Last year's fantasy stats: N/A
Why you should draft him: This. This. Also This. Diggs wasn't selected until late in the draft but should hold plenty of value as the Vikings potential starting slot receiver as well as their potential punt returner. Diggs has gone from trying to make the team to trying to secure a starting spot. He has big play capability both as a receiver and a punt returner, something he's shown so far this preseason. He may not be a burner speed wise, but he is gifted athletically and could contribute right away in Minnesota.
Why you should not draft him: Despite an excellent start to the pre-season, Diggs is still a rookie that was taken in the fifth round by a team that already had Cordarrelle Patterson (a first-round pick in 2013), Jarius Wright and just signed Mike Wallace this off-season. That has Diggs on the outside looking in as it concerns a starting spot, and on top of that, Minnesota favors to be a run-first offense with Adrian Peterson back and an inexperienced quarterback in Teddy Bridgewater at the helm.
Bottom Line: Despite being a rookie, Diggs holds great value with his punt returning skills and has seen his share of passes this preseason as a receiver. He may not be a top 100 fantasy receiver at the moment, however as a Maryland fan, you certainly know what he is capable of. Whether you draft him or hope he goes undrafted and pick him up as a free agent, there is value to be had in having him on your roster.
The Deep Sleepers
Shaun Hill, QB, Minnesota Vikings
Bruce Kluckhohn-USA Today Sports
Last year's fantasy stats: 1,657 passing yards, 8 TD's, 7 INT's, 1 rushing TD, 105.3 total fantasy points (Fox Sports)
Why you should draft him: Hill has been in the NFL for 14 seasons, mainly as a steady backup. Last season he put up respectable numbers in St. Louis after Sam Bradford went down for the season with an ACL tear. The former Maryland QB has proven he can step up when his name is called and put up solid numbers. Bridgewater has gotten injured in the past, although he shouldn't be labeled as injury prone. Nonetheless, Hill is a serviceable NFL quarterback.
Why you should not draft him: Realistically, there is no logical reason why Hill should be drafted when it comes to building a winning fantasy team. Despite being a great backup, there are 32 starting quarterbacks in the league, all of whom will put up more numbers than a backup quarterback. Should he even become the starter, Minnesota is a run heavy team to begin with who would run the ball even more with Hill under center.
Bottom Line: Don't waste a draft pick on him. However, should you play in a large league, should Bridgewater go down, and should you have plenty of weapons elsewhere on your roster, pick up the former Maryland signal caller later in the season.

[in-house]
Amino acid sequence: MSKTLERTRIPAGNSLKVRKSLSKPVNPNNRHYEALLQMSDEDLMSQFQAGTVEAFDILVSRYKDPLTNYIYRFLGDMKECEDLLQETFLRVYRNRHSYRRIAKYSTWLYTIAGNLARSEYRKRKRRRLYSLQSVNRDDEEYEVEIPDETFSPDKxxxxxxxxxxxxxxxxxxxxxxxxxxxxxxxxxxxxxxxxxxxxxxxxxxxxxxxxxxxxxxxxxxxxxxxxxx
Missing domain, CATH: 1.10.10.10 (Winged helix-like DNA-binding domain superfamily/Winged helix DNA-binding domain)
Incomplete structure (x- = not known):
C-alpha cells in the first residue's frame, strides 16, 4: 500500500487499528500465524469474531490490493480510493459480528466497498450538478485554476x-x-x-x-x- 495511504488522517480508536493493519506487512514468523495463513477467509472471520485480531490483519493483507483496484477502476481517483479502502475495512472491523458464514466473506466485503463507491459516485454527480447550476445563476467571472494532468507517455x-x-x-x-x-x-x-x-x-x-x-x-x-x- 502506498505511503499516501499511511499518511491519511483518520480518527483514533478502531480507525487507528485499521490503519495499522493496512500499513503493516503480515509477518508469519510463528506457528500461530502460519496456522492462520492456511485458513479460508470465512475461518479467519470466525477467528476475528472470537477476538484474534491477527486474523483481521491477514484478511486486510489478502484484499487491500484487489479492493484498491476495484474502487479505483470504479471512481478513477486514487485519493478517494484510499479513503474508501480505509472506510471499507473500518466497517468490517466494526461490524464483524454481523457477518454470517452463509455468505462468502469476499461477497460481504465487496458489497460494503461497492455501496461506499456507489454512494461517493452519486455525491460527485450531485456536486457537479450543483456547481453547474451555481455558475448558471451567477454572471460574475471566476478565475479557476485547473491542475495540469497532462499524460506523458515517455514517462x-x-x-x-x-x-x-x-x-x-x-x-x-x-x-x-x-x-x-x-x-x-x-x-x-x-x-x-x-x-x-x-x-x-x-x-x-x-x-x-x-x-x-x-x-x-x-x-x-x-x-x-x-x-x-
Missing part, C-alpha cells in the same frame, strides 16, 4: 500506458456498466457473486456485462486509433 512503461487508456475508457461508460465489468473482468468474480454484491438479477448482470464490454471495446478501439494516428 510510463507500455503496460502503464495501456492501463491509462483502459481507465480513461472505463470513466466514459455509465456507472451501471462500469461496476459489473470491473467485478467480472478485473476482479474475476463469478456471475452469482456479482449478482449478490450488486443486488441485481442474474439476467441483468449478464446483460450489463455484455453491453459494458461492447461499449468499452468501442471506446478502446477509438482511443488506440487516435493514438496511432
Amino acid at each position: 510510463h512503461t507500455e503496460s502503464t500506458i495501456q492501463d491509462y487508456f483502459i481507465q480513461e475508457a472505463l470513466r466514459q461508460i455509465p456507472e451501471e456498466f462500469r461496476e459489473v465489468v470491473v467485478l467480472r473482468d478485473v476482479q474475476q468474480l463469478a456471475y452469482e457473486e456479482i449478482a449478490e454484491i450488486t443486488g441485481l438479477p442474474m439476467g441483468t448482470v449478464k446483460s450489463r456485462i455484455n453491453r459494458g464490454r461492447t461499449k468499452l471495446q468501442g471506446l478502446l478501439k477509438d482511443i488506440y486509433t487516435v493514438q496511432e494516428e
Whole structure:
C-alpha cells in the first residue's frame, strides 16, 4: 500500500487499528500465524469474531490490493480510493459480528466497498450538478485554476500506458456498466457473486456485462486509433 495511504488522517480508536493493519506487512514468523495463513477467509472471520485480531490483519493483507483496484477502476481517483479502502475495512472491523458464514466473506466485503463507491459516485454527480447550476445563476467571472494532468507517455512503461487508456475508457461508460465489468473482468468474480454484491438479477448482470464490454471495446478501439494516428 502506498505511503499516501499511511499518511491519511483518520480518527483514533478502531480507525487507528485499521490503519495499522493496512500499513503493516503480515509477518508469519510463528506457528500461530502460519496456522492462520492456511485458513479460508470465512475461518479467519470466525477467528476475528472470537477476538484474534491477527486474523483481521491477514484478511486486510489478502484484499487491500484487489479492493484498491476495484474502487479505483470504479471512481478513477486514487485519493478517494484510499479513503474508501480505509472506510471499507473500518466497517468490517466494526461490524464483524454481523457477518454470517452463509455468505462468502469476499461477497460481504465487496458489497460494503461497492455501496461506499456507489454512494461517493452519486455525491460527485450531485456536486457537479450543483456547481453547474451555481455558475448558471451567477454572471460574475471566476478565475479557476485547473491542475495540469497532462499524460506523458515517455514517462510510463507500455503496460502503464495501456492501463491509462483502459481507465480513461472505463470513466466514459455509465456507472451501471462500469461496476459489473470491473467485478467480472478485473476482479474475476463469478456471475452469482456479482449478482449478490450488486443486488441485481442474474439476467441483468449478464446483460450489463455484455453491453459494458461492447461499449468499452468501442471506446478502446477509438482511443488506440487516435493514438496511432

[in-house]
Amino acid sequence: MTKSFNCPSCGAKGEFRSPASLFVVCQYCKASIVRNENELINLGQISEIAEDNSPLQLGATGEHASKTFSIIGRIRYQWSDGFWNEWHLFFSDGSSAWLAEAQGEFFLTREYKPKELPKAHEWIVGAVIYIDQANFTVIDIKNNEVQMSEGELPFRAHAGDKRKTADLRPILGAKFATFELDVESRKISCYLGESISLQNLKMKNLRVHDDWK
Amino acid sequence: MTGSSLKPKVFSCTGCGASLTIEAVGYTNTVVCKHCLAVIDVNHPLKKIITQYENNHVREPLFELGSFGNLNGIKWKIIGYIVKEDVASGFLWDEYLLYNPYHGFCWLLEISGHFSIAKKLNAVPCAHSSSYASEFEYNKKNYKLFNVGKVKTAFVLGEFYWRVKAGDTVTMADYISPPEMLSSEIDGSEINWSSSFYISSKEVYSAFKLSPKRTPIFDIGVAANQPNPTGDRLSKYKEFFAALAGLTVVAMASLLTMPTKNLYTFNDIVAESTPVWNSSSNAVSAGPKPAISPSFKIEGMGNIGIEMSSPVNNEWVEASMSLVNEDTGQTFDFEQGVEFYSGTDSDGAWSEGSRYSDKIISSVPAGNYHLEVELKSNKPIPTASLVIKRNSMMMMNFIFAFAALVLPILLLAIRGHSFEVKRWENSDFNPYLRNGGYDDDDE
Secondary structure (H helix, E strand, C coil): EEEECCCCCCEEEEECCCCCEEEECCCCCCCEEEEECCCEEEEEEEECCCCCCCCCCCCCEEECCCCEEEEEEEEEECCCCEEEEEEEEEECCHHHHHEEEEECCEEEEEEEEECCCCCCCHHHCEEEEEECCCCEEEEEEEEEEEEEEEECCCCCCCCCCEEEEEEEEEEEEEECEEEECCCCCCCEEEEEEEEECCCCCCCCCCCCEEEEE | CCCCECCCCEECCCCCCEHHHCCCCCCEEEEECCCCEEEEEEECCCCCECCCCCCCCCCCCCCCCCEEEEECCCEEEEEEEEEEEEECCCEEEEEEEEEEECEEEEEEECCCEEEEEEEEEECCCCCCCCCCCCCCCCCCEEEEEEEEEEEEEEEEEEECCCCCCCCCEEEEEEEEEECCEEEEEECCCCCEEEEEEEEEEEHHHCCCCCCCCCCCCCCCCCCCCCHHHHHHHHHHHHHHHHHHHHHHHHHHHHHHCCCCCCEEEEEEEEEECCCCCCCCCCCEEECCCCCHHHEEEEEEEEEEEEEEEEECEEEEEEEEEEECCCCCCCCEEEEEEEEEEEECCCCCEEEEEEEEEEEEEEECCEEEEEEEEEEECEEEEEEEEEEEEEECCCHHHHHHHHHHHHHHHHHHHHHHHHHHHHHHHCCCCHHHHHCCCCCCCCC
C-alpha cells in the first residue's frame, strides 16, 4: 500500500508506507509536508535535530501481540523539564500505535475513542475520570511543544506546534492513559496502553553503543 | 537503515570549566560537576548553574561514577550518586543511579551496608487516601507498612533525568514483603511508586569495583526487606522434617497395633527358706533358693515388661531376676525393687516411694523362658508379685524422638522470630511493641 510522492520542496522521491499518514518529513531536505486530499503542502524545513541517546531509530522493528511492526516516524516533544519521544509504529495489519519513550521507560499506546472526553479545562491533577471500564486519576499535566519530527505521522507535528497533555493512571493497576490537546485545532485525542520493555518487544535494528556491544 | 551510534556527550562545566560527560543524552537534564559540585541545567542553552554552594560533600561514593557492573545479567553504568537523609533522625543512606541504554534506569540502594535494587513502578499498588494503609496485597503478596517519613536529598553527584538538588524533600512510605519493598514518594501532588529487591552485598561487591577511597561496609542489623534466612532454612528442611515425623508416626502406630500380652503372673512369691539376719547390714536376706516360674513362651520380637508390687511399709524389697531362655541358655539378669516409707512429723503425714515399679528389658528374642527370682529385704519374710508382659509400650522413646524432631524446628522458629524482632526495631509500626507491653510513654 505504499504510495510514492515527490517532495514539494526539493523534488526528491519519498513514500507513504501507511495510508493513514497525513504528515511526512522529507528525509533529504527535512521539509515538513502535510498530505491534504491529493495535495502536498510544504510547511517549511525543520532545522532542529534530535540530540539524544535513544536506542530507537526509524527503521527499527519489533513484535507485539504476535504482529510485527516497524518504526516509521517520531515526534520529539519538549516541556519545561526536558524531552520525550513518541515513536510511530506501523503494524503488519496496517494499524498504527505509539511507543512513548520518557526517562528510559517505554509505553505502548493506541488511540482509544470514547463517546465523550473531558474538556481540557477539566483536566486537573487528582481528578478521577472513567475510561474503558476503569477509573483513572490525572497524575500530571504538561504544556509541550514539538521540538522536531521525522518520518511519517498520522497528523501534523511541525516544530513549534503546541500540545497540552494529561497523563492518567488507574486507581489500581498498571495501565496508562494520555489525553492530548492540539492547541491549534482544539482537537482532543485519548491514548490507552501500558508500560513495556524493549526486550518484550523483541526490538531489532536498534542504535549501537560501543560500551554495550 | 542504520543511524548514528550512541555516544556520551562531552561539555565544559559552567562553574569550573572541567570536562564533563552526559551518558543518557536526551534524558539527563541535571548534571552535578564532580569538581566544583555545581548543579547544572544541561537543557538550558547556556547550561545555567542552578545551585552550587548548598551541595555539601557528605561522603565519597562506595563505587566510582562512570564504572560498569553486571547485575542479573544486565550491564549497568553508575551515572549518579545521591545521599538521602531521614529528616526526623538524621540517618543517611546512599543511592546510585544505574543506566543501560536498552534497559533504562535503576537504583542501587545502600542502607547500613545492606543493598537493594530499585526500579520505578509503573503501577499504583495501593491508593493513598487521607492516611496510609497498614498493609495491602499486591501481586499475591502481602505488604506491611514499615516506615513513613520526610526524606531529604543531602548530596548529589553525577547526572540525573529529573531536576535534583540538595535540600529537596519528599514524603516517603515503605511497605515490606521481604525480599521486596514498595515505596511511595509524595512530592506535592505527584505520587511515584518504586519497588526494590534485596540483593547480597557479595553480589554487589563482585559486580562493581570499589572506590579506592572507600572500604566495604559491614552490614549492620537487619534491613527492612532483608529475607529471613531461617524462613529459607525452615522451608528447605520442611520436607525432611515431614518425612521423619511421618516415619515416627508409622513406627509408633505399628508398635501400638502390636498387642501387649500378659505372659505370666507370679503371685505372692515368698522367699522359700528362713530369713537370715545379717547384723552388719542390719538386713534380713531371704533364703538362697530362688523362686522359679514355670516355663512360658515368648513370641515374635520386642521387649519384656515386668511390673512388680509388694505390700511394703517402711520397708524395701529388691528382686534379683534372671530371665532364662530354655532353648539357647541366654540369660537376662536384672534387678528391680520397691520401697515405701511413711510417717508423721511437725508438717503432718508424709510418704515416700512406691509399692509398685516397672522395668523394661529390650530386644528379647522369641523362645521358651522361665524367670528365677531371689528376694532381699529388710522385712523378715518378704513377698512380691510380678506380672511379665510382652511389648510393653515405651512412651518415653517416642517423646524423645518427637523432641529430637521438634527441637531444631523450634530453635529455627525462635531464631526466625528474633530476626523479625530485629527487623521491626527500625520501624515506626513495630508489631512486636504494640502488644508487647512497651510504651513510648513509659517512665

Darrius Heyward-Bey, WR, Pittsburgh Steelers
Bill Streicher-USA Today Sports
Last year's fantasy stats: 3 catches, 33 yards
Why you should draft him: Heyward-Bey, despite being in the conversation for one of the all-time NFL busts, and despite having only three catches last year while playing in all 16 games, is still a 6'2" receiver with good speed who has lasted seven years in the league. Pittsburgh liked him enough to sign him to another one-year contract after last season and the Steelers figure to have a high-power offense this season. Assuming he makes the roster and becomes the number four receiver, he has the potential to put up decent numbers off the bench and score a touchdown here and there.
Why you should not draft him: He is a starting wide receiver... on the all-time NFL bust team. He managed only three catches last season despite being active in every game, and assuming he makes the Steelers roster, he is still slated to be the fourth, most likely fifth string receiver this year. Heyward-Bey was at one time a decent bench option in fantasy football, but that time has come and gone.
Bottom Line: Unless your team is stacked and you're simply looking to fill your roster spot with a Terp, Heyward-Bey is best left alone in the free agent pool. If however, one of Pittsburgh's receivers goes down with an injury, it may be worth it to think long and hard about picking him up as a free agent to be a backup for your squad.
The Long Shots
Deon Long, WR, Tennessee Titans
Brian Spurlock-USA Today Sports
Last year's fantasy stats: N/A
Why you should draft him: Assuming he makes the Titans' active roster, which in itself is a long shot, Long could be a surprise kick returner for the Titans as he has been working on that during training camp. You should also draft him because he went to Maryland and you have an open roster spot.
Why you should not draft him: Even if Long makes the Titans' active roster, it is unlikely he will get much burn as the Titans have a handful of veterans who would play before the undrafted rookie. Even if he does get any playing time, it would most likely come at kick returner which is a mostly futile position in the fantasy football world.
Bottom Line: If you have a roster spot open and are a Deon Long fan, pick him up. Realistically though, he won't be on many people's fantasy rosters this season.